Carrie Schwab Pomerantz
(SET ITAL) Dear Readers: There was a bit of good news recently from the Employee Benefit Research Institute. According to its study of "retirement readiness," released Feb. 13, 2014, baby boomers and Gen Xers have shown some progress toward having adequate retirement income, largely because of gains in the financial markets and home values.

However, it's important to note that this readiness hinges on two essentials -- participating in an employer-sponsored retirement plan, like a 401(k), and smart planning both before and at retirement.

This brings me to one of my personal causes -- helping people prepare for retirement with their eyes wide open. After all, if you don't take control of your money, no one else will do it for you. So whether retirement is far in the distance or right around the corner, here are some thoughts to help you do just that. (END ITAL)

You've probably heard that it's never too early to start planning for retirement. And while that's true, the closer you get, the more crucial it becomes. A study (See Note) by Annamaria Lusardi and Olivia Mitchell showed that people who seriously plan for retirement have over a third more in accumulated wealth than non-planners. But is there a secret to good planning? I think there are five.


The first secret is to have a vision of your future. We all know we need to save money, but it's easy to put short-term needs before a long-term goal like retirement. One way to combat this natural tendency is to make your future life as "real" as possible.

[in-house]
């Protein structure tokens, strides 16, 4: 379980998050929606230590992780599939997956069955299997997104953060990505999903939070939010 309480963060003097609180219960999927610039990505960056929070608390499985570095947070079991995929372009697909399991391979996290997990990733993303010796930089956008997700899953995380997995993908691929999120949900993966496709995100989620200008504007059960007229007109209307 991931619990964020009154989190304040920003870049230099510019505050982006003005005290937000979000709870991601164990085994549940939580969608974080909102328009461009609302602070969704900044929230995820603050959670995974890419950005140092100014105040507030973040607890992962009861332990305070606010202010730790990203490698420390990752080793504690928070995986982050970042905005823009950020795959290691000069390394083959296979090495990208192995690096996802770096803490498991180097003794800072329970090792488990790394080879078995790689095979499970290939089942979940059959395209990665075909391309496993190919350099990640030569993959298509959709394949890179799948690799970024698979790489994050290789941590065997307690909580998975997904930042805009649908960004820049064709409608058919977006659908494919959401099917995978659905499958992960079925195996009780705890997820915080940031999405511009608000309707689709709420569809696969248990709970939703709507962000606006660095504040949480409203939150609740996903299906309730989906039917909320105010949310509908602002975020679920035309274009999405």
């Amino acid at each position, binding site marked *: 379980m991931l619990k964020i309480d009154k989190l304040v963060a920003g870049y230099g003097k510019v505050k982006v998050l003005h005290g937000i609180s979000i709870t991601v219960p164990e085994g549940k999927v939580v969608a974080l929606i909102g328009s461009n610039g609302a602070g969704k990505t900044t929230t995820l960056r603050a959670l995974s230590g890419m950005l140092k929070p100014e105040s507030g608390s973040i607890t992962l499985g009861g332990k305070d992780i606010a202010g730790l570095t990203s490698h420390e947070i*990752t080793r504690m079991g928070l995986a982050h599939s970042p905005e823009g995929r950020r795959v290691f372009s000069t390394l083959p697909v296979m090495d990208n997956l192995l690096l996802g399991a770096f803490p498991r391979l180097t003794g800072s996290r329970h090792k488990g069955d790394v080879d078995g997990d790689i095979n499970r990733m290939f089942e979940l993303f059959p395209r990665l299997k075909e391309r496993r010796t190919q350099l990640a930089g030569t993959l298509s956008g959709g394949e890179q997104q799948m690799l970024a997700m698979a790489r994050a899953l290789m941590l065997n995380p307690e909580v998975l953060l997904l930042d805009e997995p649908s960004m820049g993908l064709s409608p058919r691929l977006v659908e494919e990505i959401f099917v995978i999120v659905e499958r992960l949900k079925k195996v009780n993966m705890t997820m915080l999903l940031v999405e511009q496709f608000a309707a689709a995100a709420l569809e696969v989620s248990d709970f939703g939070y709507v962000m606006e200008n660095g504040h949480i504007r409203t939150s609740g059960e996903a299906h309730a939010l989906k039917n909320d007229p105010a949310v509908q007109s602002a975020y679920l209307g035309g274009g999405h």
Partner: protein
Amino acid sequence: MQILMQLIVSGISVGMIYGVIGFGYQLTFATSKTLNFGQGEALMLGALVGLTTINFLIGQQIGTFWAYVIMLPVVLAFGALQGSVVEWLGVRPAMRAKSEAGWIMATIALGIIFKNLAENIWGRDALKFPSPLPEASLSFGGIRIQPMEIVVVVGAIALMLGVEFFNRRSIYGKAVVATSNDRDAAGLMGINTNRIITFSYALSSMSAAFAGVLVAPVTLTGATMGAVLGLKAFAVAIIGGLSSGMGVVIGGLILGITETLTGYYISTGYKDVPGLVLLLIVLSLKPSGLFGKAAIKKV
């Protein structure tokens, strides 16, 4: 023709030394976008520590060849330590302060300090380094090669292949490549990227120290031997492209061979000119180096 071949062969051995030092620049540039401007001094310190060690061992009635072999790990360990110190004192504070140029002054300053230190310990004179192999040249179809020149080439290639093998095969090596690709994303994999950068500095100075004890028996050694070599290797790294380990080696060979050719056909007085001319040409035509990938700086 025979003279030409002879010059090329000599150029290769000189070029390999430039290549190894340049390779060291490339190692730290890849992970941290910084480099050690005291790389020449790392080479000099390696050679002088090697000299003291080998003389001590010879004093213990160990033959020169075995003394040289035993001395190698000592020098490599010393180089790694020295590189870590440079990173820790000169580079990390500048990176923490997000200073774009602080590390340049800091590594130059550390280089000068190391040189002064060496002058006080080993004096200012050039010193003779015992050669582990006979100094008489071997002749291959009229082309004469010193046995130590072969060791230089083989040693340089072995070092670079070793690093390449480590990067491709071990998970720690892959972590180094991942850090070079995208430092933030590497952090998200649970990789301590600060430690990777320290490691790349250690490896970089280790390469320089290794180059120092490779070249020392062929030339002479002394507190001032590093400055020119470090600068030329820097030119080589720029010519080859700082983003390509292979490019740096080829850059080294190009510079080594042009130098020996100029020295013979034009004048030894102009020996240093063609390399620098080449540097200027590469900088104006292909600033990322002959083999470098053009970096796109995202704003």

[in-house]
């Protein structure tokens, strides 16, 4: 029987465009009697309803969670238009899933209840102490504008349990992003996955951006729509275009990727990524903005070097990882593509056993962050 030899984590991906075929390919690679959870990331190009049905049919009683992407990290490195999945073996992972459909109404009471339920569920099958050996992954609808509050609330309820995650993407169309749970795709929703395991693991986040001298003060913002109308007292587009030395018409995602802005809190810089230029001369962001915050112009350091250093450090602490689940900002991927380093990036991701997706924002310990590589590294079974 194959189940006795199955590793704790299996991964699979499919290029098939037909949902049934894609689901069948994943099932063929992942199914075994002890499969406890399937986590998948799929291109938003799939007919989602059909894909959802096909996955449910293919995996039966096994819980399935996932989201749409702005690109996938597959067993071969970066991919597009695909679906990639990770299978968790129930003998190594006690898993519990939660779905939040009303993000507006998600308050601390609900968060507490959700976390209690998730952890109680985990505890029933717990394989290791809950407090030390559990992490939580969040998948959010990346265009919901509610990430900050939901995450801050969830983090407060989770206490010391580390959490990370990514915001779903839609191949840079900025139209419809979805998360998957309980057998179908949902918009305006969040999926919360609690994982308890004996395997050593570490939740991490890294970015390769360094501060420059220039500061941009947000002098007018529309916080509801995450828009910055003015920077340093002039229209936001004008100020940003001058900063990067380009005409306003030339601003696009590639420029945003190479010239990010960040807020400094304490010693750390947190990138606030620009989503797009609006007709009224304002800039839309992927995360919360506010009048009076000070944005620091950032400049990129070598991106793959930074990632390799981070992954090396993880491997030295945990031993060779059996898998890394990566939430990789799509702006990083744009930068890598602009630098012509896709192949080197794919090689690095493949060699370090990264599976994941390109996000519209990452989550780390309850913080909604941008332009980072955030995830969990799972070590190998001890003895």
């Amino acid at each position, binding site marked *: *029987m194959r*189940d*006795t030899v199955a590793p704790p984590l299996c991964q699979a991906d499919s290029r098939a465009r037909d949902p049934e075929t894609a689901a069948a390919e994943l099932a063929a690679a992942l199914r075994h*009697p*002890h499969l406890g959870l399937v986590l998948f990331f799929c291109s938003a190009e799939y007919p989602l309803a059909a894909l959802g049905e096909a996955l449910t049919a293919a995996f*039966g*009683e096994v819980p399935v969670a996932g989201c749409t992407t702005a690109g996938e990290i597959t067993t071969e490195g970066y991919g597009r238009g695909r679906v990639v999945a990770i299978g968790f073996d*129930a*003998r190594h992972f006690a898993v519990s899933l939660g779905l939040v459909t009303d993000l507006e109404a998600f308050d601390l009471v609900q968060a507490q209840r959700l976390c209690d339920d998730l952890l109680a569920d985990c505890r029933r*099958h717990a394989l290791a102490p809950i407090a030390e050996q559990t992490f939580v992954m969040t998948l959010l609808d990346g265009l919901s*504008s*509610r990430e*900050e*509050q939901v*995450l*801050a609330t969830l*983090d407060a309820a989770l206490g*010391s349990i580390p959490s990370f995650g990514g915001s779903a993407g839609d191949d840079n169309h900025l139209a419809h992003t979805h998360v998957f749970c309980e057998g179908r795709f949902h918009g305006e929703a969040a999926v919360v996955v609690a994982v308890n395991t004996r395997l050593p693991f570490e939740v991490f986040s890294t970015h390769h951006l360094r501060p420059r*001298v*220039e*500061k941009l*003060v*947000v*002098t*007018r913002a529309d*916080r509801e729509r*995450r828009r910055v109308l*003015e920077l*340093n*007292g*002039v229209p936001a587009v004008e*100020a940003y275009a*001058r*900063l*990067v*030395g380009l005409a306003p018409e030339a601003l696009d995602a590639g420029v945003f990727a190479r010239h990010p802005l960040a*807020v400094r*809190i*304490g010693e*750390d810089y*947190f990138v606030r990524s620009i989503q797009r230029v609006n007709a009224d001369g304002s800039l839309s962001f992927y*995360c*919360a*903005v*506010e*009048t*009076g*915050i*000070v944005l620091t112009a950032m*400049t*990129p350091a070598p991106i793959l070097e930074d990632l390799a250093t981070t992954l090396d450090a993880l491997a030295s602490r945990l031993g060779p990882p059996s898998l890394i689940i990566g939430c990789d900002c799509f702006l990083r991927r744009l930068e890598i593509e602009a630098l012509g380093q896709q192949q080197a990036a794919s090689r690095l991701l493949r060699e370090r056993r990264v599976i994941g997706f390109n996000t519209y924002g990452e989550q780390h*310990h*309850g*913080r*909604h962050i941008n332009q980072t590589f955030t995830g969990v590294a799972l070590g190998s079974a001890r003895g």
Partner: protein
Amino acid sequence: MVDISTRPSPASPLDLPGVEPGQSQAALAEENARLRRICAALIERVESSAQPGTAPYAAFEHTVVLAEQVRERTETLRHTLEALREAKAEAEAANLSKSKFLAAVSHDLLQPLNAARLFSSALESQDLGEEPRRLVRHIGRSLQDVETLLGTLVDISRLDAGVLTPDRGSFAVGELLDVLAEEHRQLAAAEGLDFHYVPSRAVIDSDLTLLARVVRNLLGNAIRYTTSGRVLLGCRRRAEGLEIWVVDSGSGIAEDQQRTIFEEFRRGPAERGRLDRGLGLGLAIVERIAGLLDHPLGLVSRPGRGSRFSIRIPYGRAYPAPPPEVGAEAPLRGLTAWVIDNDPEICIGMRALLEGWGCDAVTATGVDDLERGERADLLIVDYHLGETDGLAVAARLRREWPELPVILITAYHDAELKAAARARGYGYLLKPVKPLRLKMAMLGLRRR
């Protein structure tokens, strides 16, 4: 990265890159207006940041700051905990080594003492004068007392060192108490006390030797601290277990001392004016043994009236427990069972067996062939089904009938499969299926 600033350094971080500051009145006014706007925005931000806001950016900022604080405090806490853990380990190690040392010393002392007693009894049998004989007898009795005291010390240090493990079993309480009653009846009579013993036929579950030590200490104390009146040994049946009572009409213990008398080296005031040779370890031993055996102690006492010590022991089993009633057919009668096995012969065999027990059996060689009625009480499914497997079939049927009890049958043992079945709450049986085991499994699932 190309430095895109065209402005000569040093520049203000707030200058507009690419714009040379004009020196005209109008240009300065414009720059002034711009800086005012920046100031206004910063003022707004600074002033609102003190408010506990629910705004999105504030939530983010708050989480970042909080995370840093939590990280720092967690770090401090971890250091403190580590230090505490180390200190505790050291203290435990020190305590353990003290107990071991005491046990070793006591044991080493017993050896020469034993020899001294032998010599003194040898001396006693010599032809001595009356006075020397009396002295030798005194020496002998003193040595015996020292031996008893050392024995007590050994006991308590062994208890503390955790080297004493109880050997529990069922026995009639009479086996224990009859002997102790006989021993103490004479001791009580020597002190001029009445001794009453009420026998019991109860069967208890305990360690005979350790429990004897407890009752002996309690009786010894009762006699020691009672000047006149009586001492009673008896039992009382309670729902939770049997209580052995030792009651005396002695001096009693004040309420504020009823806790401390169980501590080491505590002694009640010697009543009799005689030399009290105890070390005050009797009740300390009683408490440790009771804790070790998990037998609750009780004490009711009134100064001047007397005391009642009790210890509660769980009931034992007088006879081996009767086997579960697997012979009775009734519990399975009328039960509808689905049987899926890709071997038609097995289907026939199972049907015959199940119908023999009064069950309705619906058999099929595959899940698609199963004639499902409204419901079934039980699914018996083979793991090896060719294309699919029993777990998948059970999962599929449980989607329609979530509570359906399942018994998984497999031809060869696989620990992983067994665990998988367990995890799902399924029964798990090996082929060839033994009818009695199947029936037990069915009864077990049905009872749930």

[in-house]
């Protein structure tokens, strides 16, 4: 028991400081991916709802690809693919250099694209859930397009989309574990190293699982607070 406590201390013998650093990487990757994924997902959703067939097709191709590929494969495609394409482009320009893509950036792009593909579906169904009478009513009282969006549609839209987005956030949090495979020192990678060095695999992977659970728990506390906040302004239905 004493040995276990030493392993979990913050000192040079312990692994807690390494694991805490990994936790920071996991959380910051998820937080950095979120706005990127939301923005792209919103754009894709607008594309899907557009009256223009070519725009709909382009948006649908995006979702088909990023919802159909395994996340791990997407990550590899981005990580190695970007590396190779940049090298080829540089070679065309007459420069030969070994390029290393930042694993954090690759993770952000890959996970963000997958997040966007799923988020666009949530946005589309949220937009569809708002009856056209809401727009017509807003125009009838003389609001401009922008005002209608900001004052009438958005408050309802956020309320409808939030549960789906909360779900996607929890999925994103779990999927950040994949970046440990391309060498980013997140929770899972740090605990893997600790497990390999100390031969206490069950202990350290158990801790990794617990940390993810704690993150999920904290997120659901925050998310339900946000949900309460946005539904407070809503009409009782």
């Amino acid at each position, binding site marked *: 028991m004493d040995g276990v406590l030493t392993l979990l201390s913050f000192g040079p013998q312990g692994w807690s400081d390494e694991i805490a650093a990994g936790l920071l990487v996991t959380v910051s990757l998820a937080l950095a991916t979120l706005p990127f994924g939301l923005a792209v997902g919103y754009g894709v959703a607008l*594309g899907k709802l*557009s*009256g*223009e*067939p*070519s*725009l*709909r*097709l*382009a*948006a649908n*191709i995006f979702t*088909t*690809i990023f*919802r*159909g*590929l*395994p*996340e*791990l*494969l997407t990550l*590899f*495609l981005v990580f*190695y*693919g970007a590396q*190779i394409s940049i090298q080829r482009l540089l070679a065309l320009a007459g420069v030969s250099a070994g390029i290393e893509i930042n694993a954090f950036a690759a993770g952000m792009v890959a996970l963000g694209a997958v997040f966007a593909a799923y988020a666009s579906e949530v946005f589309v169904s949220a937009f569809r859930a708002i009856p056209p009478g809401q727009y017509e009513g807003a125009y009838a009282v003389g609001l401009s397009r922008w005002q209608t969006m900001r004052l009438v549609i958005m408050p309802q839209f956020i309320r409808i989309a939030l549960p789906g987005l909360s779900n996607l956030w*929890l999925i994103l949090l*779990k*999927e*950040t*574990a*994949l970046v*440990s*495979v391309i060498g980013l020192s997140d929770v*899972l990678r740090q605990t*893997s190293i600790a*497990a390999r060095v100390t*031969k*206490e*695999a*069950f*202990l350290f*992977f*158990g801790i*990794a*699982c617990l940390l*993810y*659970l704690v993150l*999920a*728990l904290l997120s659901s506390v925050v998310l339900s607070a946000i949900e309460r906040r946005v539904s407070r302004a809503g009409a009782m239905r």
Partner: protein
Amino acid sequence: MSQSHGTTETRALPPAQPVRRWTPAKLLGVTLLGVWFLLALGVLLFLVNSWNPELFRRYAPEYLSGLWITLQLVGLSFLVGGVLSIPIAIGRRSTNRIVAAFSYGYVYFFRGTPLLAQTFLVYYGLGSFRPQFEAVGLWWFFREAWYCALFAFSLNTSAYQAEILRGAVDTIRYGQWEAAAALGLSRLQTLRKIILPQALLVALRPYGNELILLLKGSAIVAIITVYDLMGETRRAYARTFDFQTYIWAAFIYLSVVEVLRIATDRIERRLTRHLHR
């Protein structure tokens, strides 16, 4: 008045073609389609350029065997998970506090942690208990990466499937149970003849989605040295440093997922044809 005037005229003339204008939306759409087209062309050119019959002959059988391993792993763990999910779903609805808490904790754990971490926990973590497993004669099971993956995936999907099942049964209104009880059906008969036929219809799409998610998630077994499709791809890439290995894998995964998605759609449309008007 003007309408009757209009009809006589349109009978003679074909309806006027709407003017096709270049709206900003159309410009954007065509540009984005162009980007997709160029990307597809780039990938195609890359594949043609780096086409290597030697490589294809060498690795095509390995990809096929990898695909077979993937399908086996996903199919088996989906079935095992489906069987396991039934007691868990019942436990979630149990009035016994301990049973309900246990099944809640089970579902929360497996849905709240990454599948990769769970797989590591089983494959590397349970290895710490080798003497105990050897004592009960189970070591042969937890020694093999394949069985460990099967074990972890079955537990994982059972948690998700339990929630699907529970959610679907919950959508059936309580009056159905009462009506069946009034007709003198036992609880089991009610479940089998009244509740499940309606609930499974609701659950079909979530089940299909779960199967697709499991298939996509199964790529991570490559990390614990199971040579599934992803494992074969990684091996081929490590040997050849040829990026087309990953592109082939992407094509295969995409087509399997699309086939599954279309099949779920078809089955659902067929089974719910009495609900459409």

Start to think about where and how you'll want to live. Will you stay in your home or move to a new community? Scale back your working life, stop working completely or start a new venture? Do you have a lifelong passion that you want to pursue? Although you may not be able to answer these questions with certainty, simply pondering the issues will help you formulate a preliminary vision.

Once you have a vision, Secret No. 2 is to flesh out your plan financially. Consider consulting a financial adviser to discuss the following:

--How big of a nest egg will you need to make your ideal retirement a reality?

--How much should you be saving every year to get there?

--Which retirement accounts make the most sense?

--How should you invest?

--How can you balance saving for retirement with paying for family obligations such as your kids' educations?


Carrie Schwab Pomerantz

Carrie Schwab Pomerantz is a Motley Fool contributor.

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